Do you have a trusted tax professional?

Are you are at a place in your business you need tax advice. Do you have thoughts, questions or concerns regarding how to claim the start-up costs for your small business? Please feel free to contact us, leave your comments below or post to on our FacebookGoogle+ or LinkedIn pages.

Maybe you know someone who can benefit from this information, feel free to share:
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Tax Season is Here!

Time flies – before it slips away, call Alex Franch, EA at 781-849-7200 for your appointment and learn about our client discounts here.

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Hiring Your Spouse and Providing Health Benefits

By: Cindy Toran, MBA, BA

hiring your spouseHave you ever thought of hiring your spouse? If you did, should you provide them with health insurance?

There are potential advantages and disadvantages to formally hiring your spouse if you own a small business as a sole proprietor or single-member LLC. Keep in mind that you can only do so if he or she plays a bona fide role in providing services to your business, such as office work or marketing.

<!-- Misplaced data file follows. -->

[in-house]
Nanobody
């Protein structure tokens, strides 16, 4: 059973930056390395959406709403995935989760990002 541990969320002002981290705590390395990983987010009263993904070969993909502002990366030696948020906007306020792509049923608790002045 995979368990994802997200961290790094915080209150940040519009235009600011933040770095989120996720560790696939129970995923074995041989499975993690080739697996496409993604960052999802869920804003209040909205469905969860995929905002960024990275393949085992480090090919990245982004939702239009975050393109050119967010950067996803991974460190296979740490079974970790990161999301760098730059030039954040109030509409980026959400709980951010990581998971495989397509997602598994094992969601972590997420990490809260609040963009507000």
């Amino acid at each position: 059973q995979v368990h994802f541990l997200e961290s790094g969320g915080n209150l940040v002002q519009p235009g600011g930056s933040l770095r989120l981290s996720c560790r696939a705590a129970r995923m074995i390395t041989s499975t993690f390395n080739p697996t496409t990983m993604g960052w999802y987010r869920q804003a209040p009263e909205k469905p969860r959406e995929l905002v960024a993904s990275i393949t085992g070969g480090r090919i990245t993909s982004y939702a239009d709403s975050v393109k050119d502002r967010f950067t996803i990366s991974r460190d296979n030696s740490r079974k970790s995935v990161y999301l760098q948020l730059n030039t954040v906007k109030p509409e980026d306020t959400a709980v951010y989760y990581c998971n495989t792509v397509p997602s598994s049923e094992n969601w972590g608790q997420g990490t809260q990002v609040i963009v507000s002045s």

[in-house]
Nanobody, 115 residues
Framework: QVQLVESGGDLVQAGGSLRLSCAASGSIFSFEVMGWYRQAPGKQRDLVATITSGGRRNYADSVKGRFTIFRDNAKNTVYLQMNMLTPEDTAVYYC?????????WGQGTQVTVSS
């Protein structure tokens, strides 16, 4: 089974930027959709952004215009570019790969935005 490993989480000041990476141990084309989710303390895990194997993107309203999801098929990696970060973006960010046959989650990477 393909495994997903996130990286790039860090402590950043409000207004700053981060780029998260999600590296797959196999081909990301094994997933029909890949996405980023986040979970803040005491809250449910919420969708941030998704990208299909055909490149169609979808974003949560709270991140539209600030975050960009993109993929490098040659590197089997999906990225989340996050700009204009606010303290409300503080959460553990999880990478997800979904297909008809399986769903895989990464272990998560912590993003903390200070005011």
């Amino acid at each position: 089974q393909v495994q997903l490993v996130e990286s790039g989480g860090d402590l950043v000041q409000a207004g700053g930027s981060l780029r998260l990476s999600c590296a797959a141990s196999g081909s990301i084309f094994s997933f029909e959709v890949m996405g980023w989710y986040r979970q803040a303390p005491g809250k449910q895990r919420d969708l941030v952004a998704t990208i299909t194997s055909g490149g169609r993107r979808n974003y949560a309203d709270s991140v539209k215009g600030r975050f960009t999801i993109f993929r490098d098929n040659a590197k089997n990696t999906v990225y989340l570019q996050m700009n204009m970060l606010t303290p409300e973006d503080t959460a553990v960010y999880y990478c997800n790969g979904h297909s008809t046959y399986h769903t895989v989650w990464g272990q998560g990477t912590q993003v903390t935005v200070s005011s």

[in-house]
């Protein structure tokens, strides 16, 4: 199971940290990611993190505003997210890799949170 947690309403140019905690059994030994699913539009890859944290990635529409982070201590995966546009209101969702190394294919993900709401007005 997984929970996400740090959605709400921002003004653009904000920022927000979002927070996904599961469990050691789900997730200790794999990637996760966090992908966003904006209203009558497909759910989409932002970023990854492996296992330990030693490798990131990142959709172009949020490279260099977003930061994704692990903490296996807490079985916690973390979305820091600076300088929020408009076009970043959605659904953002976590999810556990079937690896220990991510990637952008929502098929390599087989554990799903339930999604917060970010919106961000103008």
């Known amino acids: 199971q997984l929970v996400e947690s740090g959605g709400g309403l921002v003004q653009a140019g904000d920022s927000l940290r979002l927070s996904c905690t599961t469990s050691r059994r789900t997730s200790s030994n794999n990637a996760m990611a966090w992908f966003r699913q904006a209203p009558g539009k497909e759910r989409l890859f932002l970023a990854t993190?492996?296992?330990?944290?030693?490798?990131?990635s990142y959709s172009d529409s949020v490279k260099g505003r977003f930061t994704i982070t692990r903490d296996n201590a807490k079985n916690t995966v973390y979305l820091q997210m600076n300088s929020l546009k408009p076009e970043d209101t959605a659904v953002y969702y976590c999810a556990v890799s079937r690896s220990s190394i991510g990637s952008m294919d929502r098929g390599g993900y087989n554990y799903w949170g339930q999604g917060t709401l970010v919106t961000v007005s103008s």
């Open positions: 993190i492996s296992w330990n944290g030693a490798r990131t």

The disadvantage to hiring your spouse is that it may result in added employment tax filing (such as FICA, Medicare, but not FUTA). However, this also reduces taxable income.

Advantages to Hiring Your Spouse

  • Your spouse is able to build up Social Security benefits.
  • Reduction in self-employment tax for sole proprietor (15.3% up to $117,000 earnings for 2014). However, 50% of the amount paid reduces the Adjusted Gross Income (AGI). This could impact other tax deductions.
  • Your spouse can be provided health insurance coverage that includes all family members (including the sole proprietor).

NOTE: This can be a significant advantage. If you are hiring your spouse as your only employee, this will provide the maximum benefit. This fringe benefit will reduce both income tax and self-employment tax.

Here is how the last advantage works for hiring your spouse. There is a 100% tax deduction for the following medical expenses for the employee and family (including the employer’s spouse):

  • Health insurance premiums
  • Uninsured medical, dental and vision care expenses
  • Other deductible benefits, such as premiums for term life insurance up to $50K, accident and disability.